In multiple sclerosis, overactive inflammatory immune cells destroy the tissue that surrounds and insulates the nerves. Now, new research in mice reveals that activating a different group of immune cells could potentially counteract the destructive autoimmune reaction.
Researchers at Stanford University School of Medicine in California suggest that their findings could lead to new treatments for autoimmune conditions, such as multiple sclerosis (MS) and celiac disease.
In a recent Nature paper, they describe how they studied immune cells in a mouse model of MS and also from people with the disease.
They found evidence to suggest that there is a balance between the type of immune cell that causes inflammation and another type of immune cell that can suppress it. It appears that the balance is upset in autoimmune disease.
Senior study author Mark M. Davis, a professor of microbiology and immunology at Stanford, suggests that it could be possible to restore the balance by selectively stimulating the protective immune cells.
“If we could mobilize those cells to function more effectively in patients with autoimmunity,” he explains, “then we’d have a novel treatment for diseases like [MS].”
Autoimmune diseases are conditions in which the immune system attacks a part of the body as if its tissues and cells were a threat, such as invading bacteria and viruses.
There are at least 80 autoimmune diseases that scientists know about. These include MS, celiac disease, type 1 diabetes, rheumatoid arthritis, and lupus. Scientists do not know which molecules trigger the immune reactions behind most of these conditions.
In the United States, there are more than 24 million people with autoimmune diseases and another 8 million at risk of developing them. The number of people developing autoimmune diseases is rising, for reasons that are not clear.
Doctors find many autoimmune conditions challenging to diagnose, and people can wait for a long time for a definite diagnosis.
The majority of autoimmune diseases have no cure, and people have to take medicines for the rest of their lives to manage their symptoms.
Scientists see MS as an autoimmune disease in which inflammatory cells of the immune system attack the protective myelin sheath that surrounds the nerves fibers in the central nervous system (CNS).
Depending on which part of the CNS the disease strikes, the symptoms of MS can vary between individuals and also in the same person.
A recent population study suggests that over 900,000 people are living with MS in the U.S.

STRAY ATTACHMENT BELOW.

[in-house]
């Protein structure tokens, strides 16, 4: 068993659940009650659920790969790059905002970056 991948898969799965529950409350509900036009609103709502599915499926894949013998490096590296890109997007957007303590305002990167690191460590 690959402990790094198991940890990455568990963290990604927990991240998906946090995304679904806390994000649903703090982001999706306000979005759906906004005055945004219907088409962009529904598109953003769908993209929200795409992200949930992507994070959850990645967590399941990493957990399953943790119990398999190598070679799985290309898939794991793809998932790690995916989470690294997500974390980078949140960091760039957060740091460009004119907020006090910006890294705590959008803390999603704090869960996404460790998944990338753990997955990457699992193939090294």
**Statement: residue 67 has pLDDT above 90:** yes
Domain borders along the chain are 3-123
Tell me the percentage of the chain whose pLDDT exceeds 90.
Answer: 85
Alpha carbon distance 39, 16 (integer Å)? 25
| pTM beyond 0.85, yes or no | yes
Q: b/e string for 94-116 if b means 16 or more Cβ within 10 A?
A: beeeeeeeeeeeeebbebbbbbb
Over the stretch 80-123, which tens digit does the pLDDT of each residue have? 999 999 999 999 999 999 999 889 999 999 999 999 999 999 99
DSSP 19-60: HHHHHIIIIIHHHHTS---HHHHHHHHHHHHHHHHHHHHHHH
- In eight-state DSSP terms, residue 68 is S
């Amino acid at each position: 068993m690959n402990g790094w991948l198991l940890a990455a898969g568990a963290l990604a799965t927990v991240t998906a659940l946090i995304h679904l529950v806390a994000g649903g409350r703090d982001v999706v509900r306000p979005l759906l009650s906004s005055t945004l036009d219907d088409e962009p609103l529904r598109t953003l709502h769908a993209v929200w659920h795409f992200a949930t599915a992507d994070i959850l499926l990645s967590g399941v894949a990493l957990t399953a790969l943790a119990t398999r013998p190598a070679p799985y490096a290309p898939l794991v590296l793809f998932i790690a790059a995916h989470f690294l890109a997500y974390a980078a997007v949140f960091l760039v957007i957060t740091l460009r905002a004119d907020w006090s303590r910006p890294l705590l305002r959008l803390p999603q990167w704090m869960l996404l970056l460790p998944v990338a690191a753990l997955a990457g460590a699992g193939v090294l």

For their study, Prof. Davis and his colleagues studied immune cells in the blood of mice that they had induced to develop encephalomyelitis. This is a condition that inflames the brain and spinal cord in a similar way to MS.
They focused on a type of cell called CD8 T cells. They already knew that these cells could kill cancerous and infected cells. However, they also noticed an increase in these cells in the MS mouse model. They suspected that the cells were contributing to the disease.
The team was surprised to discover, however, that this was not the case.
When they injected the mice with peptides that the CD8 T cells could recognize, it led to the death of inflammation-causing T cells and a reduction in symptom severity.
To investigate this further, the researchers grew the two cell types in a dish. They found that activating the CD8 T cells with peptides stimulated them to pierce holes in the inflammatory T cells.
They suggest that — together with the discovery that the cells carry immune suppressing proteins on their surfaces — these findings confirm that CD8 T cells can be suppressor cells.
The researchers compared blood from people with MS and those without it. They found that people with MS were more likely to have higher levels of cells that were clones of single CD8 T cells. This was the same in the mouse model.
When T cells spot a potential enemy agent, they identify a distinguishing molecular feature, or antigen, that helps them recognize the agent. They then replicate themselves to make large numbers of T cells that remember the specific antigen.
By running DNA tests on the increased CD8 T cells, Prof. Davis and his colleagues found that they were identical — the increased population comprised clones of single CD8 T cells.
Such a finding suggests that the CD8 T cells are homing in on a particular feature of the disease. The researchers hope to discover what it is and how it helps to spawn immune suppressing CD8 T cells.
The researchers suggest that the two types of cell — inflammatory T cells and activated immune-suppressing CD8 T cells — work in balance with each other and that autoimmune diseases could be due to them becoming unbalanced.
“We absolutely think that something like this is happening in human autoimmune diseases,” Prof. Davis explains, adding that “it represents a mechanism that nobody’s really appreciated.”
The idea that some CD8 T cells have the power to suppress inflammation is not new. Scientists first proposed the notion in the 1970s, but interest dwindled as researchers focused predominantly on other features of immune cells.
The team is planning to extend the research to investigate the potential role of suppressive CD8 T cells in other autoimmune conditions.
“There’s this whole subset of CD8 T cells that has a suppressive function.”
Prof. Mark M. Davis